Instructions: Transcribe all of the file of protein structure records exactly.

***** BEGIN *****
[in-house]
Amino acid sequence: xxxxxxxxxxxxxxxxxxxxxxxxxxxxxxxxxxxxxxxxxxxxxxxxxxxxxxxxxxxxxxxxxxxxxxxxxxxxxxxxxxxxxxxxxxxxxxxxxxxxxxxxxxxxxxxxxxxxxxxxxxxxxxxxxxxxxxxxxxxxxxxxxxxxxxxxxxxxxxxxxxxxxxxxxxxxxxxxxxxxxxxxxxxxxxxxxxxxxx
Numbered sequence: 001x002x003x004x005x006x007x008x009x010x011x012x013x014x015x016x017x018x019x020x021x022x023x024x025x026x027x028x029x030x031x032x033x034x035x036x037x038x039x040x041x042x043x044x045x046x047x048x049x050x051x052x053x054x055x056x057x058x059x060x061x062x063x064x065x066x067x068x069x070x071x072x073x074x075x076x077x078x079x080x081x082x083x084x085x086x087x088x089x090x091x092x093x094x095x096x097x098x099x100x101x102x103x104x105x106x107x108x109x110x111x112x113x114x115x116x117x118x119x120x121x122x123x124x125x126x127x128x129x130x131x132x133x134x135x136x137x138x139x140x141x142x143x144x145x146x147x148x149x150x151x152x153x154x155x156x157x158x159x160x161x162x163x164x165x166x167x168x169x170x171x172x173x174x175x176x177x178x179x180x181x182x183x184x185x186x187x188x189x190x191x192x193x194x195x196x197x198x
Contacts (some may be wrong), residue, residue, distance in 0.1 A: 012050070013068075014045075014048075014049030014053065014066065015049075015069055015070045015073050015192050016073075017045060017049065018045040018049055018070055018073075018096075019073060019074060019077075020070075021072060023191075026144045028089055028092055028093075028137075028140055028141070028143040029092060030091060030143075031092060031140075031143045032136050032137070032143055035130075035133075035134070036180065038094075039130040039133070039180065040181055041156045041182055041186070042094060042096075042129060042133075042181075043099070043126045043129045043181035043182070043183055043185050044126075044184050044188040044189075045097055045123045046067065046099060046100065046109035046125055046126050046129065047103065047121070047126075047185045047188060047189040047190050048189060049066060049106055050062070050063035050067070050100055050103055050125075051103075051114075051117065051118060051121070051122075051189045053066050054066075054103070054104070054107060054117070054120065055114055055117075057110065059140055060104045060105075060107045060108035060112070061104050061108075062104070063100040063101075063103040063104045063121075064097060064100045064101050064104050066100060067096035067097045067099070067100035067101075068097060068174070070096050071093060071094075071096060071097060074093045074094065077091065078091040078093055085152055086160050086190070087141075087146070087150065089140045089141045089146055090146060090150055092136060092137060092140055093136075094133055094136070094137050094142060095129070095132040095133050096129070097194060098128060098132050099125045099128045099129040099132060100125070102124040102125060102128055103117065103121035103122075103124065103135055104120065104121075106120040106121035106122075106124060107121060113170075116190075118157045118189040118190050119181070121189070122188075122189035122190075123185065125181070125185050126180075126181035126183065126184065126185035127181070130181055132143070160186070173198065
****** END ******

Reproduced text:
[in-house]
Amino acid sequence: xxxxxxxxxxxxxxxxxxxxxxxxxxxxxxxxxxxxxxxxxxxxxxxxxxxxxxxxxxxxxxxxxxxxxxxxxxxxxxxxxxxxxxxxxxxxxxxxxxxxxxxxxxxxxxxxxxxxxxxxxxxxxxxxxxxxxxxxxxxxxxxxxxxxxxxxxxxxxxxxxxxxxxxxxxxxxxxxxxxxxxxxxxxxxxxxxxxxxx
Numbered sequence: 001x002x003x004x005x006x007x008x009x010x011x012x013x014x015x016x017x018x019x020x021x022x023x024x025x026x027x028x029x030x031x032x033x034x035x036x037x038x039x040x041x042x043x044x045x046x047x048x049x050x051x052x053x054x055x056x057x058x059x060x061x062x063x064x065x066x067x068x069x070x071x072x073x074x075x076x077x078x079x080x081x082x083x084x085x086x087x088x089x090x091x092x093x094x095x096x097x098x099x100x101x102x103x104x105x106x107x108x109x110x111x112x113x114x115x116x117x118x119x120x121x122x123x124x125x126x127x128x129x130x131x132x133x134x135x136x137x138x139x140x141x142x143x144x145x146x147x148x149x150x151x152x153x154x155x156x157x158x159x160x161x162x163x164x165x166x167x168x169x170x171x172x173x174x175x176x177x178x179x180x181x182x183x184x185x186x187x188x189x190x191x192x193x194x195x196x197x198x
Contacts (some may be wrong), residue, residue, distance in 0.1 A: 012050070013068075014045075014048075014049030014053065014066065015049075015069055015070045015073050015192050016073075017045060017049065018045040018049055018070055018073075018096075019073060019074060019077075020070075021072060023191075026144045028089055028092055028093075028137075028140055028141070028143040029092060030091060030143075031092060031140075031143045032136050032137070032143055035130075035133075035134070036180065038094075039130040039133070039180065040181055041156045041182055041186070042094060042096075042129060042133075042181075043099070043126045043129045043181035043182070043183055043185050044126075044184050044188040044189075045097055045123045046067065046099060046100065046109035046125055046126050046129065047103065047121070047126075047185045047188060047189040047190050048189060049066060049106055050062070050063035050067070050100055050103055050125075051103075051114075051117065051118060051121070051122075051189045053066050054066075054103070054104070054107060054117070054120065055114055055117075057110065059140055060104045060105075060107045060108035060112070061104050061108075062104070063100040063101075063103040063104045063121075064097060064100045064101050064104050066100060067096035067097045067099070067100035067101075068097060068174070070096050071093060071094075071096060071097060074093045074094065077091065078091040078093055085152055086160050086190070087141075087146070087150065089140045089141045089146055090146060090150055092136060092137060092140055093136075094133055094136070094137050094142060095129070095132040095133050096129070097194060098128060098132050099125045099128045099129040099132060100125070102124040102125060102128055103117065103121035103122075103124065103135055104120065104121075106120040106121035106122075106124060107121060113170075116190075118157045118189040118190050119181070121189070122188075122189035122190075123185065125181070125185050126180075126181035126183065126184065126185035127181070130181055132143070160186070173198065